At Home at Dojo Ramen: Regina Restaurant offers a taste of the owner’s heritage. News Jani

At Home at Dojo Ramen: Regina Restaurant offers a taste of the owner’s heritage. News Jani

At Home at Dojo Ramen: The Regina Restaurant offers a taste of the owner’s heritage.

This story was originally published on December 1st, 2021.

Ramen is one of my favorite dishes. When I heard that Dale McKay and his business partner Christopher Chu were opening a ramen shop in Regina, I was very excited.

In season three of the Netflix series The boss’s table, a Japanese ramen expert, described the dish as “like bread for the French,” noting that there are 80,000 ramen shops in his country. Ramen is something Japanese people eat every day. This is the food of the people.

So it’s perhaps no surprise that Cho credits the existence of the dojo to the people of Regina. Opening a restaurant during the pandemic wasn’t easy, he says.

Personnel planning was a challenge. Many waiters and bartenders left the industry altogether. “Restaurants everywhere have problems,” he said.

“In places like New York, how can you survive? The effort. The rent is too high. Food prices are too high. The competition. And we’re complaining that we’re living in an epidemic, and we’re in Saskatoon or Regina,” she said. “But it all goes back to the people of this province. The support we’re getting from these people is amazing. Without them we would not exist.”

For ramen comfort food, Dojo’s pork is cooked over 24 hours to become rich and cloudy. There is also a vegetarian supply. (Alan Pulga)

The packed dining room at Dojo Ramen is a testament not only to the quality of the food and drink on offer, but also to Cho and MacKay’s reputation. Together they operate three restaurants in Saskatoon and two in Regina under the Grassroots Restaurant Group brand. Chu described it as a sense of pride at home.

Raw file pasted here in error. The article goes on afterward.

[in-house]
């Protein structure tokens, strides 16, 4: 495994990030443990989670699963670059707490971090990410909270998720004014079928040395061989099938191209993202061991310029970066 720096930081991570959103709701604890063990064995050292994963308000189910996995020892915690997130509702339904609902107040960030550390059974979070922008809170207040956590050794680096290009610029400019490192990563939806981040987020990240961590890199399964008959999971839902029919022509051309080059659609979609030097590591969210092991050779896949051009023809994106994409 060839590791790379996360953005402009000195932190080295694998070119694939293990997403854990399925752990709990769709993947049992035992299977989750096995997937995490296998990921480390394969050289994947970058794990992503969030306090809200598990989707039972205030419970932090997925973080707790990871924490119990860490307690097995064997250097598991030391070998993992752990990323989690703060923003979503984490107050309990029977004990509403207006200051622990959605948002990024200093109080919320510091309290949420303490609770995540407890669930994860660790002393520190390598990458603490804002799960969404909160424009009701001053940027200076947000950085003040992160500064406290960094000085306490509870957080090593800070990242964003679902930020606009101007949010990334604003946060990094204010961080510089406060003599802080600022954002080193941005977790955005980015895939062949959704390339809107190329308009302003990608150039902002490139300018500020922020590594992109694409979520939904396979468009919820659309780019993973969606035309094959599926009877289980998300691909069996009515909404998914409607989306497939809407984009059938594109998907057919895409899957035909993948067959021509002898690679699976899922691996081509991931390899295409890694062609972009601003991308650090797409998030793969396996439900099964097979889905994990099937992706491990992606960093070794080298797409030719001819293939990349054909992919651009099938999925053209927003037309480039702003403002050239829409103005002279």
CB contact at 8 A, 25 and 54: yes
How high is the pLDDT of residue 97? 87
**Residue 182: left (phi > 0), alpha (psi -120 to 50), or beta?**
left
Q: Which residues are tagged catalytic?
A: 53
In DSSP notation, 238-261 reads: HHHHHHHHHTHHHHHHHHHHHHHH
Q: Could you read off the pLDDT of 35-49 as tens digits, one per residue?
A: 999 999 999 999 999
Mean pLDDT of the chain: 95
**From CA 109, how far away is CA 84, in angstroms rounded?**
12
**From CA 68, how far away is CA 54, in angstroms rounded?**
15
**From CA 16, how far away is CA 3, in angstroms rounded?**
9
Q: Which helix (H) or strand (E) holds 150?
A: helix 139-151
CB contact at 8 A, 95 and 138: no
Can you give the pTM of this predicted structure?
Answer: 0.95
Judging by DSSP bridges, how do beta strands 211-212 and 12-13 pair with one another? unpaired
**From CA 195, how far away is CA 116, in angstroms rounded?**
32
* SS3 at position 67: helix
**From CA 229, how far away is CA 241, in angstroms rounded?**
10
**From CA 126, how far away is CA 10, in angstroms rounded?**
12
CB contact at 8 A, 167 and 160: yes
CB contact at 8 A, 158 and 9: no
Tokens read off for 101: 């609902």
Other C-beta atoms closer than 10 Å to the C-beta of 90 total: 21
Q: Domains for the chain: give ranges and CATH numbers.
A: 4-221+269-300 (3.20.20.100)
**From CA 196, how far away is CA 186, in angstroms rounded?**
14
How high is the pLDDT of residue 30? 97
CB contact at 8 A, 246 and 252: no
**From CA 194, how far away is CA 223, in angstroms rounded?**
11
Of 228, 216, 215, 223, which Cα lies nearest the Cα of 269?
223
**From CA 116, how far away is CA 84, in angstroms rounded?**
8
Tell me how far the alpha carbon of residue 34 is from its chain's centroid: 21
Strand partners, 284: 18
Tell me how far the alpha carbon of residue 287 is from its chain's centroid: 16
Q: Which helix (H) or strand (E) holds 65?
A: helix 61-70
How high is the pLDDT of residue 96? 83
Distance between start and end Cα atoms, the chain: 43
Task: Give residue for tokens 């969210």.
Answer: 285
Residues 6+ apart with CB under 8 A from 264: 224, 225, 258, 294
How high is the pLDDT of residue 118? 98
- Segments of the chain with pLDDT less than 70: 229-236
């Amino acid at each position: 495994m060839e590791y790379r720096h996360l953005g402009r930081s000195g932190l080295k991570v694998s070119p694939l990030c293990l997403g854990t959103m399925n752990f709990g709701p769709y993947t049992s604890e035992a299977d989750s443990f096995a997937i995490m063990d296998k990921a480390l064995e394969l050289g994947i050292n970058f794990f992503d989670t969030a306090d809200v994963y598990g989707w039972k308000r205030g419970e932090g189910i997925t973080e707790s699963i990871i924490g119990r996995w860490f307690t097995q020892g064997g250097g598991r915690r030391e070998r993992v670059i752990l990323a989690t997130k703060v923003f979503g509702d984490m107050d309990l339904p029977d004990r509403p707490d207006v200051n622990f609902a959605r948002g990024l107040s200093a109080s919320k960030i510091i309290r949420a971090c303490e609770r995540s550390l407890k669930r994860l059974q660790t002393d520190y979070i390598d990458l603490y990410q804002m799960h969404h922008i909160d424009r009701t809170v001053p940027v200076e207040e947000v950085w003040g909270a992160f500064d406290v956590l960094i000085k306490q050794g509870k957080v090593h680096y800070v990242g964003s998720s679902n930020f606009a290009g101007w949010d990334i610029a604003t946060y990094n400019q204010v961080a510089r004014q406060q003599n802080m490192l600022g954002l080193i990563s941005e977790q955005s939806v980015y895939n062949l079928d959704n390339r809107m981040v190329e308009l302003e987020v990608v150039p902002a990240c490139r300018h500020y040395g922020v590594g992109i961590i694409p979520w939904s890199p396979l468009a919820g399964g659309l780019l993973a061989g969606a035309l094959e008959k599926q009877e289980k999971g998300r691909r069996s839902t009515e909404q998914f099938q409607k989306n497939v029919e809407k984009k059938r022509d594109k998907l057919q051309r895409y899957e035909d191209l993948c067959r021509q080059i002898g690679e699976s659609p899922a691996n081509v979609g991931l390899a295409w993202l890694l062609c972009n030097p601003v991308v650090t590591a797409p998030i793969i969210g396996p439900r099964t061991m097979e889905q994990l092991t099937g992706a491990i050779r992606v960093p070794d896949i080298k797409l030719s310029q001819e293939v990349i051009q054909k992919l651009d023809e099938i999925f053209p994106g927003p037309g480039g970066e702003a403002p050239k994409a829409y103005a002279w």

“When you’re in Saskatchewan, it’s all like roots to you. [started these businesses] I don’t think we would have gotten the recognition we have in any other province or city.”

After opening five restaurants in eight years, Cho and MacKay have found their groove. Both complement each other. MacKay creates the menu and Cho – a master mixologist – prepares the cocktails and bar menus.

His two restaurants (Sticks and Stones in Saskatoon and Dojo Ramen) have allowed Cho, who is Korean-Canadian, to put a little on his plate. The kimchi they use is their family recipe. It ferments for three months before it is ready to be served.

“When we opened Sticks and Stones, we took my parents in. They were in Korea at the time, but we flew over to teach them how to make traditional kimchi. I just said to my mother, ‘That’s it.’ Cook what you eat. He used to cook for me when I was growing up,’” Chu recalls.

“They were so nervous about coming to Saskatchewan and cooking for Dale and our other chefs. I heard her say, “No, let’s do that, let’s add that…” I said, “No. Do it like you did growing up. This is how they should taste.”

Dojo steamed buns are the most popular appetizer, says Cho. Light and fluffy dough with marinated and grilled meat, homemade kimchi, spring onions and mayo. This is a bulgogi ribeye. (Alan Pulga)

His parents cooked a feast for 16 and taught everyone how to make traditional kimchi and traditional “banchan,” Korean side dishes.

“The chefs and chefs learned a lot from my parents, and my parents learned a lot from them. It worked great.”

Cho offered me Kimchi Fried Rice from Dojo.

“It’s something I grew up with,” he explains.

The rice is fried in bacon fat and gochugaro (Korean red pepper flakes) and topped with scallions, nori, a fried egg and some homemade hot sauce.

“There are flavors I grew up with,” Cho says of the kimchi fried rice. “People think fried rice is a simple dish, but it’s a lot more complicated than you think.” (Alan Pulga)

During our conversation, Cho takes me from his birthplace in São Paulo, Brazil, to his childhood in rural Ontario (where he has lived since he was four years old, speaking Korean at home and English on the street), to numerous hotels and restaurants. In which he has honed his skills.

Now, at his own Korean-Japanese restaurant in Regina, he serves cuisine as rich and varied as its history.

“These are the flavors I grew up with and wanted to share with other people. People often think of fried rice as a simple dish, but once you’ve eaten it, it’s so much more than meets the eye. It’s complicated. It’s absolutely delicious.”

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